The name matters

Watching for the morning of June 15

Year A

The Festival of The Holy Trinity

File:Trinity-of-the-broken-body-1911.jpg

Robert Campin, Holy Trinity. 15th century. Gold, silver and silk embroidery, pearls, glass beads and velvet applique on linen. Vienna, Kunsthistorisches Museum

The doctrine matters, but it is not the doctrine we adore. The teaching of the Trinity is vitally important, but it is not the theological articulation about the character of the divine in which we put our faith, hope and trust. When we worship on Sunday we worship the God who has revealed himself as Father, Son and Holy Spirit.

Names are important. Names distinguish us from one another. Names make clear of whom we speak. Names identify whose authority stands behind a promise or a command. And the name of God is no less important. We live in a world with many gods – and many different ideas about God. We cannot use the word ‘God’ and assume everyone knows of whom we are speaking. The reality identified by the name Allah is not the same as that identified by the name “Father, Son and Holy Spirit.” Our ‘names’ for God are not frail approximations of a single ultimate reality – they are statements about the nature of that reality. They are identifiers. Father, Son and Holy Spirit is the god who has made himself known in Jesus of Nazareth, crucified, risen and ascended.

We use the word Kleenex as if it were a generic term for facial tissue – but all tissues are not the same. All coffees are not the same. All cars are not the same. All diamonds are not the same. Cut and clarity and color make some an expression of love and others an effective edge for an industrial tool.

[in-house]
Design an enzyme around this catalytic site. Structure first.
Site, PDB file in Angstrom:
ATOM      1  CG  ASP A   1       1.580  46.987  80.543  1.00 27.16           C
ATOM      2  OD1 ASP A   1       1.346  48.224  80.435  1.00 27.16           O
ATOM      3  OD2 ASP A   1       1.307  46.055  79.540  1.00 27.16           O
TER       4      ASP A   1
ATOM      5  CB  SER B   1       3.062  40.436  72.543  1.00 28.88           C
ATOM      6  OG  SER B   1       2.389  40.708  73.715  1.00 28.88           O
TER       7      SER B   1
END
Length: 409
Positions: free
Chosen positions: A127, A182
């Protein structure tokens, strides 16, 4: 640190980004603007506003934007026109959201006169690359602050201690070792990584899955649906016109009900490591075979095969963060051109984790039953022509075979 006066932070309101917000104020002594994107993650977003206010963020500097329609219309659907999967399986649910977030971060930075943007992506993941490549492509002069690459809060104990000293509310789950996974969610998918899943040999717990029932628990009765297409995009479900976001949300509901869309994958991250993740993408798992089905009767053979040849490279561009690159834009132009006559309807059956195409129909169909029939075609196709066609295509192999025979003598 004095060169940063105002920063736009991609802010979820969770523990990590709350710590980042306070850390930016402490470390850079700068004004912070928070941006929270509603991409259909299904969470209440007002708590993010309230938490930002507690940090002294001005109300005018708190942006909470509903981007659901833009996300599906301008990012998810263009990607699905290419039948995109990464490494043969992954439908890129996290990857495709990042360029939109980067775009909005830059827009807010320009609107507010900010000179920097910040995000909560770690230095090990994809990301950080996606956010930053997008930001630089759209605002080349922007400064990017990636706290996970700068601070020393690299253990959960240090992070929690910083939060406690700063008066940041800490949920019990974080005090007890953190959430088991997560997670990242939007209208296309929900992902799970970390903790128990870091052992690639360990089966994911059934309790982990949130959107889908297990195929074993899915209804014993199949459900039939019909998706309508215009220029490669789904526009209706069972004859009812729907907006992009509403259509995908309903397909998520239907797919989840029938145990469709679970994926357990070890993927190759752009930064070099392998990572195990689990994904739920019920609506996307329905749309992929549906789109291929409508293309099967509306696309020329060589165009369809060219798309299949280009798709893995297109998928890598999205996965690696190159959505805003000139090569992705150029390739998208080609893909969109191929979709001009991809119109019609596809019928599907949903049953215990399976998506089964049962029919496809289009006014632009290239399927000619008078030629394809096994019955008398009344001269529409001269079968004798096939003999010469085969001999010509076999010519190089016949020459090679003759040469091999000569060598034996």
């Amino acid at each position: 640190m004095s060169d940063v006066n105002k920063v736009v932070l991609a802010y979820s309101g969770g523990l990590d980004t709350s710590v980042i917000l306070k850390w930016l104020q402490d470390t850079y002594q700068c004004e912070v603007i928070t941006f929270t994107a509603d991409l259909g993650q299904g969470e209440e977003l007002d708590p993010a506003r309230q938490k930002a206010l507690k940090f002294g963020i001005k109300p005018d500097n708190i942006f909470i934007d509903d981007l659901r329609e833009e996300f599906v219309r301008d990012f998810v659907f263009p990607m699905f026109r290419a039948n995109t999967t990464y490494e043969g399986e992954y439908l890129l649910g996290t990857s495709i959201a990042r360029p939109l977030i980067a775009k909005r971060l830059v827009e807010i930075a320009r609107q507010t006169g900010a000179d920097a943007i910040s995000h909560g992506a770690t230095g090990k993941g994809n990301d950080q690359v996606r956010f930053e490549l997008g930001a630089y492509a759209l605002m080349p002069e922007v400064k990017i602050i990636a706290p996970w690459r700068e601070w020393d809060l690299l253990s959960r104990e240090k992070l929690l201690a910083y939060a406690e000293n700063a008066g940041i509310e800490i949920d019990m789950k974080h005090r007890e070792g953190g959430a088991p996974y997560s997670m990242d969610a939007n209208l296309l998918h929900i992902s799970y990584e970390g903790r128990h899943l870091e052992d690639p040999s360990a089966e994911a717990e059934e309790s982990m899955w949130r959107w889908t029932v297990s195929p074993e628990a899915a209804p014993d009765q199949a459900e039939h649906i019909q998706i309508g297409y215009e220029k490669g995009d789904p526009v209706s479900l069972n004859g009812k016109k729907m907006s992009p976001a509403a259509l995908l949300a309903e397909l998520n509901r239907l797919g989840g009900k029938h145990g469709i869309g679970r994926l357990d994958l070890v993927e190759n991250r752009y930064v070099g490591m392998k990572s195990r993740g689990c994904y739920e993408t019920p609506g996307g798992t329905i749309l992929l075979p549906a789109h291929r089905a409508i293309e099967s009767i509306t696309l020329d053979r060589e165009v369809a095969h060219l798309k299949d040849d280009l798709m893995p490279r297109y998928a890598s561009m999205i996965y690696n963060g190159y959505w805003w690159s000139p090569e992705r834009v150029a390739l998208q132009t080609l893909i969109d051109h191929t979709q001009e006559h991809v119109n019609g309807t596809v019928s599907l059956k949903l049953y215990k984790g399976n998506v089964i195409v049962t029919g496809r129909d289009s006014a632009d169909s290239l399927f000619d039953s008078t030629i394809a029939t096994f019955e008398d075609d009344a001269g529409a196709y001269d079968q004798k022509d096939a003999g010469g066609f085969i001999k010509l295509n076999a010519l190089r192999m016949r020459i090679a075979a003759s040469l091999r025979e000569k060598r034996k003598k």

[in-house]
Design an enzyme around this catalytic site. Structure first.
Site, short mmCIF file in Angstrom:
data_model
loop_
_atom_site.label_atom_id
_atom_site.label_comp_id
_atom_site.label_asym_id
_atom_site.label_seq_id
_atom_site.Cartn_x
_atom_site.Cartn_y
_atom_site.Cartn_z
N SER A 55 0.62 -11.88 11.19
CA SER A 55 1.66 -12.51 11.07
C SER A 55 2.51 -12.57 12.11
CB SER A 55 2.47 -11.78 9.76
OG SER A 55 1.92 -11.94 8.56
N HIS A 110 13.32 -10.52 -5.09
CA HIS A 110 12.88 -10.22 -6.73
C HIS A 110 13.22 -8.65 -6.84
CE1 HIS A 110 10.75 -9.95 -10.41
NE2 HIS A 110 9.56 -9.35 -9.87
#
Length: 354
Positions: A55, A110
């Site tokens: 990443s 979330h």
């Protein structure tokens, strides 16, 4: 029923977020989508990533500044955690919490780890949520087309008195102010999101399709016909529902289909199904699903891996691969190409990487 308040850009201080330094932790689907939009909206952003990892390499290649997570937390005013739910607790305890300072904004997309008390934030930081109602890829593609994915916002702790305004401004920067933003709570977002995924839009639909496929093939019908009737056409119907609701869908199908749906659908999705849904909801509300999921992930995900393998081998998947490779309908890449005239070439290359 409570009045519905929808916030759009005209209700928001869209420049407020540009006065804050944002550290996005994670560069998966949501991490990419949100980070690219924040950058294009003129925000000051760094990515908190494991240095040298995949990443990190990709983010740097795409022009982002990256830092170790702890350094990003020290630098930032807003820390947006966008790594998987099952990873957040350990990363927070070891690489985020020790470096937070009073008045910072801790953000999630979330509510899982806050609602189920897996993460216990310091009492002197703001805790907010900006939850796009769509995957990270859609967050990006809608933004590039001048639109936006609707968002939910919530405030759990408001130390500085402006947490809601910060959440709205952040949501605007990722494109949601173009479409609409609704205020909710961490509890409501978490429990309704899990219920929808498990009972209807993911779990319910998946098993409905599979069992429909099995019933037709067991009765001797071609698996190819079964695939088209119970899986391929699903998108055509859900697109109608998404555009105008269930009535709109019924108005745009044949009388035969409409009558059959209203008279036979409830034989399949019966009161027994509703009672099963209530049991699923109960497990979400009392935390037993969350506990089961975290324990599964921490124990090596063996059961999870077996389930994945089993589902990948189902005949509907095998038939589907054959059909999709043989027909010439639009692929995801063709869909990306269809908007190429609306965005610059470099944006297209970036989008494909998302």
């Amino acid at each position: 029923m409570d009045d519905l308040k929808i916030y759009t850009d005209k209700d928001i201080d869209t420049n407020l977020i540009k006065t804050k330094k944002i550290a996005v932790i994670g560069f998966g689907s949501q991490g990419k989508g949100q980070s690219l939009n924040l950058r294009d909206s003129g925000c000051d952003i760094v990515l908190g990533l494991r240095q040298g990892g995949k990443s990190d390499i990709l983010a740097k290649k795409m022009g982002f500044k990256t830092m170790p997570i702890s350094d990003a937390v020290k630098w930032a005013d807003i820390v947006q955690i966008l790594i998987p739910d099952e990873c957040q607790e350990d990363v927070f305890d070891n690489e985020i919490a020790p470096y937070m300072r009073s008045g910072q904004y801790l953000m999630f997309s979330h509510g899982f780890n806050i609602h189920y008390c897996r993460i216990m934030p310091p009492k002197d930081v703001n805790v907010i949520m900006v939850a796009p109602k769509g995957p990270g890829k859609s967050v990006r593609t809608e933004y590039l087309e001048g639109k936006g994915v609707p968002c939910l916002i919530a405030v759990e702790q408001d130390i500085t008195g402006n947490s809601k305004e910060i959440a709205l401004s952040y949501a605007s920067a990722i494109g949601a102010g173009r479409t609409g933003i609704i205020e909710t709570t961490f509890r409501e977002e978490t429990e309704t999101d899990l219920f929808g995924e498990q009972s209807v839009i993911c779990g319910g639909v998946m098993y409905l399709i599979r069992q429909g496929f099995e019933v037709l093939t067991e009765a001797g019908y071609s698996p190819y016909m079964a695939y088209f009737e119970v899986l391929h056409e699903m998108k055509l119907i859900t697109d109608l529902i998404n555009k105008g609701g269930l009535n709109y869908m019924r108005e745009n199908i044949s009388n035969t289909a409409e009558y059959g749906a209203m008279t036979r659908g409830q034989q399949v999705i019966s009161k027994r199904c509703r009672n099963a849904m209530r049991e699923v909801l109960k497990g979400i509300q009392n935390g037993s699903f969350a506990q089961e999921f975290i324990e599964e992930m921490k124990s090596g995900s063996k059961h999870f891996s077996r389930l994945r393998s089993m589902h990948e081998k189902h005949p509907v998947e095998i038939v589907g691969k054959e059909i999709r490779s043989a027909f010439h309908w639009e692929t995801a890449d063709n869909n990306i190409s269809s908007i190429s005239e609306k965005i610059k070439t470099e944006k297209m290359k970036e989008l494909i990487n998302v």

‘God’ is a generic term. What we say about the ultimate transcendent reality of existence is revealed by the specifics. The names Kali and “Father, Son and Holy Spirit” say very different things about the divine.

The Festival of the Holy Trinity is not about the doctrine; it is about the one named “Father, Son and Holy Spirit”. The God we worship and follow is the one revealed as the creator of all, who called Abraham, Isaac and Jacob by a promise, who delivered Israel from Egypt, who spoke through Moses and the prophets, who entered into human existence in Jesus, who brought the healing and life of the reign of God, who was the perfectly faithful son, who bore the burden of human sin was declared righteous and faithful by his resurrection, who pours out his abiding, empowering Spirit upon his followers, and will ultimately bring all things under his gracious rule.

All coffees are not the same. Some are better than others or there wouldn’t be a Starbuck’s on every block. Not everything said about God is faithful to the name “Father, Son and Holy Spirit.” Nor is every reference to ‘God’ speaking of the same reality. The name matters.

The Prayer for June 15, 2014

Almighty God, hidden in majesty and mystery
yet revealed to us as Father, Son and Holy Spirit:
Grant us true and honest hearts
to worship you with reverence and awe,
trust confidently in your grace,
honor your commands,
and boldly proclaim your name

The Texts for June 15, 2014

First Reading: Genesis 1:1 – 2:4a
“In the beginning when God created the heavens and the earth.” – The first chapter of Genesis telling of the creation of all things by God’s word, God’s declaration that the creation is good, and God’s blessing of humanity and their commission to care for the earth.

Psalmody: Psalm 8
“What is man that you are mindful of him, the son of man that you care for him” – The psalm celebrates the majesty of God and marvels at the position of honor and responsibility God has given to humanity by entrusting his wondrous creation into their care.

Second Reading: 2 Corinthians 13:11-13
“The grace of the Lord Jesus Christ, the love of God, and the communion of the Holy Spirit be with all of you.” –
In his final greeting at the close of his letter to the believers in Corinth, Paul uses the familiar language that ultimately leads to the development of the doctrine of the Trinity.

Gospel: Matthew 28:16-20
“Go therefore and make disciples of all nations, baptizing them in the name of the Father and of the Son and of the Holy Spirit.” – Following Pentecost we return to the Gospel of Matthew, resuming here at the end of the Gospel because of the Trinitarian name: Father, Son and Holy Spirit. With these concluding words, the risen Jesus declares his abiding presence among his followers and sends them to make disciples of all nations.

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